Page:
Anti-social media

Social media isn’t and never has created any problem in the world of fishing that didn’t already exist. Blaming social media for problems that have to do with diminishing resources being overused by a over populated earth going through a climate shift is a tired cliche that needs to be put to bed. Social media can certainly be a tool for tools (see this blog) but it has also given conservation initiatives a much greater opportunity to connect to the larger community and world.

There is a place for responsible use of social media in the fly fishing world. Go pros, Instagram, snapchat, Pinterest, Twitter, Facebook et al are actually all great when used appropriately. Limit what you post, post thoughtfully, ask yourself why you are posting what you are posting, we live in a content driven world, you can’t change that, so use the platform for good.

Posting every fish you ever caught including dark 10″ rainbows on Instagram is lame, Facebook groups where everyone is posting the same gear caught 5 lb summer run held four feet out of the water is lame, badly filmed go pro videos where you can’t see anything but a fish getting abused from a shaky perspective is lame, advertising your fishing location is lame (why shit where you eat?), making money as a guide by hotspotting is lame. Truth is it’s pretty easy to separate the garbage from the gold.

let people know this stuff is lame!

There are many poor or fragile runs of many salmonids on vancouver island but every single one of the problems that these rivers has predates the availability of social media. Is social media misused? Yes it is sometimes, but you don’t have to be the one doing it.

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6 thoughts on “Anti-social media

  1. I’m ok with social media, but I really hate the things you mentioned as well as advertising new-found fishing locations to the world, or even being far too specific about where you are! And careless photos of fish and backgrounds get included in my definition of “lame”. When it comes to coho, cutthroats, ECVI or WCVI is close enough. Giving the specific bay or waterway is just bad taste. Publish flies, how to fish, and whatever, but leave the “X” marks the spot out of it! If you must, tell a buddy by telephone, but leave the internet out of it! I could go on but …. Ok. I’m done.

    • I hear ya, when i think of all of places where the experience of fishing a place has become horrible (wayyy too many on vancouver island) solely due to irresponsible posting on social media i get upset, thing is its not going away so people need to be made to understand when they fuck up and make fatal mistakes and it can’t just be not just choosing not to like whatever they put up. I personally still think guides misusing social media single handedly has created more of these problems than anyone or anything else.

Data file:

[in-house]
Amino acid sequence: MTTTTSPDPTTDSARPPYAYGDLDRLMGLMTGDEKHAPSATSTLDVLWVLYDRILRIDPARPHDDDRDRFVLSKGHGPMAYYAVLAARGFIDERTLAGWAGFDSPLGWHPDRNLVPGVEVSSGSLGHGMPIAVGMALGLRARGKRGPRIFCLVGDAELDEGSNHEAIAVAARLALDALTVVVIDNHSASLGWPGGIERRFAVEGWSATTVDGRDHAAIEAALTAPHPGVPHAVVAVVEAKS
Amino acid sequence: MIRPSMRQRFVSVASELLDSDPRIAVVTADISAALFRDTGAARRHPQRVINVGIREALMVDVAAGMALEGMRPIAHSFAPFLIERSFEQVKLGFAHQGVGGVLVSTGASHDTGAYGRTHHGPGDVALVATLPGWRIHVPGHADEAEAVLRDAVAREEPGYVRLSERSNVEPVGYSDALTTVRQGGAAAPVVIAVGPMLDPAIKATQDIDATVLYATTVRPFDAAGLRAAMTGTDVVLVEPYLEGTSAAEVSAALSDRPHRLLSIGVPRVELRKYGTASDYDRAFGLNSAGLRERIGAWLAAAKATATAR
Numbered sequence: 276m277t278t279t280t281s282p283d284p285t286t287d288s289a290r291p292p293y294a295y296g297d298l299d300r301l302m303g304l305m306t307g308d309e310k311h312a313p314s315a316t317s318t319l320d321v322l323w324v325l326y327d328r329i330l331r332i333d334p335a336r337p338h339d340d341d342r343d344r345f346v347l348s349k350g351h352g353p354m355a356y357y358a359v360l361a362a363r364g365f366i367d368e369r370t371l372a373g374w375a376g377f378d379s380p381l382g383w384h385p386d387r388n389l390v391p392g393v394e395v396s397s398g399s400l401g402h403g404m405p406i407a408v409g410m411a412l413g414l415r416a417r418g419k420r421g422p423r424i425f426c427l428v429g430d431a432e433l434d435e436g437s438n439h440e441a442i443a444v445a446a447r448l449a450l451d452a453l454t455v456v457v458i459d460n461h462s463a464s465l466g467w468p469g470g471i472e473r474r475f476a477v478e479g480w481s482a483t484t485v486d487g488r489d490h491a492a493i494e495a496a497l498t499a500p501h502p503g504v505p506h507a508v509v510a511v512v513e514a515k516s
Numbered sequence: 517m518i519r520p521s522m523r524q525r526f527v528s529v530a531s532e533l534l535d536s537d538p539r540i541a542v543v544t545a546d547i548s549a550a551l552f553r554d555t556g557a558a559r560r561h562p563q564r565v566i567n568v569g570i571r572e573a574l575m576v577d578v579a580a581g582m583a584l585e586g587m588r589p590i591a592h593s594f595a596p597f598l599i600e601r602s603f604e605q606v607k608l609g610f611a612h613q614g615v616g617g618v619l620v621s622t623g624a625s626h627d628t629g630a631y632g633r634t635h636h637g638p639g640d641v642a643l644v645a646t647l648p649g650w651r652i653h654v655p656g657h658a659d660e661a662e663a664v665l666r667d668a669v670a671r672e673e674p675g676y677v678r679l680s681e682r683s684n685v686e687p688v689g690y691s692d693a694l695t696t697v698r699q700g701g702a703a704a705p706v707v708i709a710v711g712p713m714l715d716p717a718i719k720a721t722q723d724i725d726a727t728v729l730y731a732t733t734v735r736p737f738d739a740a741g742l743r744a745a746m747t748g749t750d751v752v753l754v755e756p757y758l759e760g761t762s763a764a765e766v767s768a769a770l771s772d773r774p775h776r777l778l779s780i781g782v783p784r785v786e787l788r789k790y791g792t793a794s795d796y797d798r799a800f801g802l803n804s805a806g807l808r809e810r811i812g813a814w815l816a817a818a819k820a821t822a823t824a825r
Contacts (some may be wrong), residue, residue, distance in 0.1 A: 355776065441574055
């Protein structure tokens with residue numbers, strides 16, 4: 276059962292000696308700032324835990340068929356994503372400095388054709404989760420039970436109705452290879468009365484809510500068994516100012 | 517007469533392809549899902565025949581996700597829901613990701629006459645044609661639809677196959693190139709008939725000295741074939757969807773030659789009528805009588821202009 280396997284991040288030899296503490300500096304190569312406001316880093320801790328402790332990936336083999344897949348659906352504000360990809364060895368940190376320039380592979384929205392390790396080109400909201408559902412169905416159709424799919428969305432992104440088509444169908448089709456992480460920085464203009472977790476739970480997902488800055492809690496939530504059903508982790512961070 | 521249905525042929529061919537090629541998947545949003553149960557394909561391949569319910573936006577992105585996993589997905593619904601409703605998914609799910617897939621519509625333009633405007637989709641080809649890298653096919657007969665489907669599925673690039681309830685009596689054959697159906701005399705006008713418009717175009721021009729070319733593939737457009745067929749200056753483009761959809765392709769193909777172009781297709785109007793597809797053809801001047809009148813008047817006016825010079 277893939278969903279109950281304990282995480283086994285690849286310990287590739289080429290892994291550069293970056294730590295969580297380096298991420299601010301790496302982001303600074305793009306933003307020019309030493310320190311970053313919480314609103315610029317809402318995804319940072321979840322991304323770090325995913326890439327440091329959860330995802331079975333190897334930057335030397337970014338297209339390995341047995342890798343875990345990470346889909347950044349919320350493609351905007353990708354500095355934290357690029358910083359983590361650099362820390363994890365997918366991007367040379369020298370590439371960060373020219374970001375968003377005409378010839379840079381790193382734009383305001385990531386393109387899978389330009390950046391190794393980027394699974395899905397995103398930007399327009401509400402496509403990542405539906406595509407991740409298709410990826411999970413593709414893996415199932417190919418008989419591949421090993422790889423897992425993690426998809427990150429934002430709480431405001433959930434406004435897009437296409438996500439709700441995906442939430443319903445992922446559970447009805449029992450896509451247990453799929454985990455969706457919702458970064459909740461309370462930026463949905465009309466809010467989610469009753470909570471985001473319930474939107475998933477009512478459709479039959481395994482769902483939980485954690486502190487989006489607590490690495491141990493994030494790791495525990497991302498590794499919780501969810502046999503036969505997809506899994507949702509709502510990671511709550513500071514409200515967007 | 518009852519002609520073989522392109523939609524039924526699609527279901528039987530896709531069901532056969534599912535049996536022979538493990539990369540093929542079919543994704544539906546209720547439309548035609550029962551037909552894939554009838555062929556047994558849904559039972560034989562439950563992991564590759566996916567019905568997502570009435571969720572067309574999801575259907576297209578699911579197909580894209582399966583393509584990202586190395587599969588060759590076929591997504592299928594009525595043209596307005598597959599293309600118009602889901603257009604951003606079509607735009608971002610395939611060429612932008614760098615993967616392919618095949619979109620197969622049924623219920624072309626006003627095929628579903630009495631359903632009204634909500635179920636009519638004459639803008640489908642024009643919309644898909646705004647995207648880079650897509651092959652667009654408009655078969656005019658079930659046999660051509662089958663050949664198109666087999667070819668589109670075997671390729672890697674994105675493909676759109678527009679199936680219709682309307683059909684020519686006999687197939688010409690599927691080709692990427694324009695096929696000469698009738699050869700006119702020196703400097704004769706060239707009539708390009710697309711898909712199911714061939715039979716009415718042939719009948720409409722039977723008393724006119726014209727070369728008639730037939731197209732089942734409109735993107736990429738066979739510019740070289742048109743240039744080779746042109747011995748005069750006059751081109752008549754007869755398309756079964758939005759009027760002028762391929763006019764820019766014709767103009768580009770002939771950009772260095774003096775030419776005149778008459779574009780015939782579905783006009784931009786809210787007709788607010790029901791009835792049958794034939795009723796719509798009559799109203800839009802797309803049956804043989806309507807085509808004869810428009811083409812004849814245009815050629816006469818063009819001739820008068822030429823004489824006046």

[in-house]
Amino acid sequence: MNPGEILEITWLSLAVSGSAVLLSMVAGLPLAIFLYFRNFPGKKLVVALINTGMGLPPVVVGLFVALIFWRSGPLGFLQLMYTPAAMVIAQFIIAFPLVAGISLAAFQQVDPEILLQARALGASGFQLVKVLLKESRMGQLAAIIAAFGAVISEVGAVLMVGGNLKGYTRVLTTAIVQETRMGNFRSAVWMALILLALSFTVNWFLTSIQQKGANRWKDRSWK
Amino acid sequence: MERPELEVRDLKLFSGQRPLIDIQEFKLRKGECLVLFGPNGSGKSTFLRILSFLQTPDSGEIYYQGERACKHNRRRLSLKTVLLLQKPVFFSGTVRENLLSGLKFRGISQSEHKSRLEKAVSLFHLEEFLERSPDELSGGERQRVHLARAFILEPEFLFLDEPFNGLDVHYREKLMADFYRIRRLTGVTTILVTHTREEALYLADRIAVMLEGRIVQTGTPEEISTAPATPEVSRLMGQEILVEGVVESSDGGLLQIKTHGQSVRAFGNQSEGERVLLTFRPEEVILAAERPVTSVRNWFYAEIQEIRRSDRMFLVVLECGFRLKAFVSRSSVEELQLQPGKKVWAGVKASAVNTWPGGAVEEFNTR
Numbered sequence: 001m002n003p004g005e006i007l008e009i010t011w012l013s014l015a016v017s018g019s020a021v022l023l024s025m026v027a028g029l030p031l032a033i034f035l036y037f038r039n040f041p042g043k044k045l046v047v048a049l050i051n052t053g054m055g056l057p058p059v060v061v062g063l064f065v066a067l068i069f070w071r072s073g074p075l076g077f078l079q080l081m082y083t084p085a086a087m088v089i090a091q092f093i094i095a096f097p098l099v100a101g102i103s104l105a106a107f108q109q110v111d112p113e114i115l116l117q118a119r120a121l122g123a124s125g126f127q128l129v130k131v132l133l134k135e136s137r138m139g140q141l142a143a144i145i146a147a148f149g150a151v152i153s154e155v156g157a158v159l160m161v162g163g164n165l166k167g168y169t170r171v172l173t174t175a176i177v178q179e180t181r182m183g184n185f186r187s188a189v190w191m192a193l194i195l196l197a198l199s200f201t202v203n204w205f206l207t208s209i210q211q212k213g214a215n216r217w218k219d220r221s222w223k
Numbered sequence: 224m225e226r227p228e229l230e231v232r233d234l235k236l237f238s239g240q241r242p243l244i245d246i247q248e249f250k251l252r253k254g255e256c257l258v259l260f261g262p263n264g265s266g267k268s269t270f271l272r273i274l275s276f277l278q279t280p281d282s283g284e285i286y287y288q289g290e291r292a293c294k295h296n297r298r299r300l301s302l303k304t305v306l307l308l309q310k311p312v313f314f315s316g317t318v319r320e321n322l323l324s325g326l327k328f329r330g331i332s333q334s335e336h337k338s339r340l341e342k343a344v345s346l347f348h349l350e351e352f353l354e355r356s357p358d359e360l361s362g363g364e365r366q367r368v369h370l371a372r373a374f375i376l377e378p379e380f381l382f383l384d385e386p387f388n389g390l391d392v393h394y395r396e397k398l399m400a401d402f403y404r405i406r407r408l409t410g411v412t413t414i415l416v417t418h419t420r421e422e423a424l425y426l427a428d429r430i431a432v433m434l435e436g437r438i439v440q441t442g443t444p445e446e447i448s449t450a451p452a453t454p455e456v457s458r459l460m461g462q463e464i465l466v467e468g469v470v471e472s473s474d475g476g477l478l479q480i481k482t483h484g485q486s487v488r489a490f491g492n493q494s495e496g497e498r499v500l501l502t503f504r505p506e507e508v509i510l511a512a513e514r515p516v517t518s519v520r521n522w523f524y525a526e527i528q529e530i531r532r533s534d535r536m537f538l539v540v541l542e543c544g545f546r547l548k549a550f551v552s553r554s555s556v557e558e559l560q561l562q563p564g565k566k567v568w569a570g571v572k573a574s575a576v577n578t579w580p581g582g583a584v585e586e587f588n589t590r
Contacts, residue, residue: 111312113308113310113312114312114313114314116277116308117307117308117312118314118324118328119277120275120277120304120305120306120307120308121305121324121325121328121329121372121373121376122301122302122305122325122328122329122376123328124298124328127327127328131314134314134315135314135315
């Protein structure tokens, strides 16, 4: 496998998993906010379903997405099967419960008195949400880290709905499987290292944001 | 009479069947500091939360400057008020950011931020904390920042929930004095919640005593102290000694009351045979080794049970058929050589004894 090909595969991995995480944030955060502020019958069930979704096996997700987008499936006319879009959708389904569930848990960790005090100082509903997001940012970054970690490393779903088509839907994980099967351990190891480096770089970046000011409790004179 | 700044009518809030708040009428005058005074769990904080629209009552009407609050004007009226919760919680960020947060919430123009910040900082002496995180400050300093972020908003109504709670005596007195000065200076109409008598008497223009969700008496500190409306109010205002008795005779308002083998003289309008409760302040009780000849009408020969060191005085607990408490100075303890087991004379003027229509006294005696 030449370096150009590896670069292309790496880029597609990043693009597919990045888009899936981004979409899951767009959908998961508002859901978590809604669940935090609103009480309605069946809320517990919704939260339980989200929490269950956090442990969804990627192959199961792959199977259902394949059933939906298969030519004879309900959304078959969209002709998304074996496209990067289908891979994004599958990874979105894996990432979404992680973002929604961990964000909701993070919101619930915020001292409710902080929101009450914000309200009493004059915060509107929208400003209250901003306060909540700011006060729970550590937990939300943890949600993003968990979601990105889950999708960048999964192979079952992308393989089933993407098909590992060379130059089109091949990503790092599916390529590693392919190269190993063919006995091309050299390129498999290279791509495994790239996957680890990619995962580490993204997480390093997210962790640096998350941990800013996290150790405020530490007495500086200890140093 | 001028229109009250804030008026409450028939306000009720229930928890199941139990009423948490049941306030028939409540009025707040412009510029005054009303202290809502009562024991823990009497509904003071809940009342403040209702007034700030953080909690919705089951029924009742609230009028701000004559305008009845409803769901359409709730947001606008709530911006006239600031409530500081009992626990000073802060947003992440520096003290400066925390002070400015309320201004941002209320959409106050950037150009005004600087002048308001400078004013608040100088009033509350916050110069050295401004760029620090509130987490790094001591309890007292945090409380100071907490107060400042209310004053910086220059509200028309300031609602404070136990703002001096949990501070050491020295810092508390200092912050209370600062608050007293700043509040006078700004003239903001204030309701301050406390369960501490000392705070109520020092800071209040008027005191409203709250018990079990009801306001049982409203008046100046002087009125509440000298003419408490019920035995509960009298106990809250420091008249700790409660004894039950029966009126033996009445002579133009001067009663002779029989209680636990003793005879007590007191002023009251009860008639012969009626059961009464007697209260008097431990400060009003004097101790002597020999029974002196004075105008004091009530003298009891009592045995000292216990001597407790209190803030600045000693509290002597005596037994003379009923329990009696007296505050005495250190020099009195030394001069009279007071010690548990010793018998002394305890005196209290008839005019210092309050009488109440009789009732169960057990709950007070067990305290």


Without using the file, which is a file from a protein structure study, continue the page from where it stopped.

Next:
• I don’t totally blame guides. Many are quite responsible. However there are a few “wannabe famous” guys trying to get cheap fishing gear from companies, who write daily blogs. Maybe they wannabe (or are) guides too? I just know of a few who according to friends post almost daily blogs on what they caught and where.

      • I’ll qualify that comment by saying that I am a guide, however I’ll defer to you cause you’ve fished here a lot longer than I have. Self gratifying tools notwithstanding I have noticed though that the rivers i hear guides talk about and see guides on have lots of social media presence and out of town fishing pressure, regardless of the nearby population proximity.

  2. Reading your posts have always reminded me of the reasons I love to fish but I have to call bullshit to this. As someone who has lived his entire life (coming up on fifty years) in Qualicum Beach and fishing my local rivers for forty of them, I see a huge problem with the effects of social media on my home rivers. I learned to fish by trial and error. Besides just enjoying bring “out there” I learned what it took to catch a cutthroat or a steely. To me this is what river fishing was about. Yes….there was plenty of talk between locals as to how the good or not the fishing was but it was local…..not spread all over the internet.
    I now watch a local as a “local” fly fishing store posts every couple of weeks on my home rivers and have seen the effects it has had. It’s not a pretty sight if you believe in any type of ethics when it comes to fishing and it directly correlates to when I first started watching these posts hit the internet. Go figure…

    • Touche, I was just stirring the pot here a bit, I have seen the social media effects you speak of and experienced it first hand. It’s gross. Numerous rivers on the island have become completely unbearable to even go to. You should see what the mainland rivers are like. I would rather stay at home than be around the type of fishers that this stuff attracts. Heck maybe me and my blog are guilty. I’ve certainly made the attempt to be responsible here.The reason I posted this was because I felt sick after scrolling through literally hundreds of island summer pics complete with background shots (way to go losers) from all the instagram heroes out there. I just think social media like it or not is here to stay and maybe we should be really pushing back against the direction it is going. Or ban cameras and guides on all rivers. Thanks for an honest comment.

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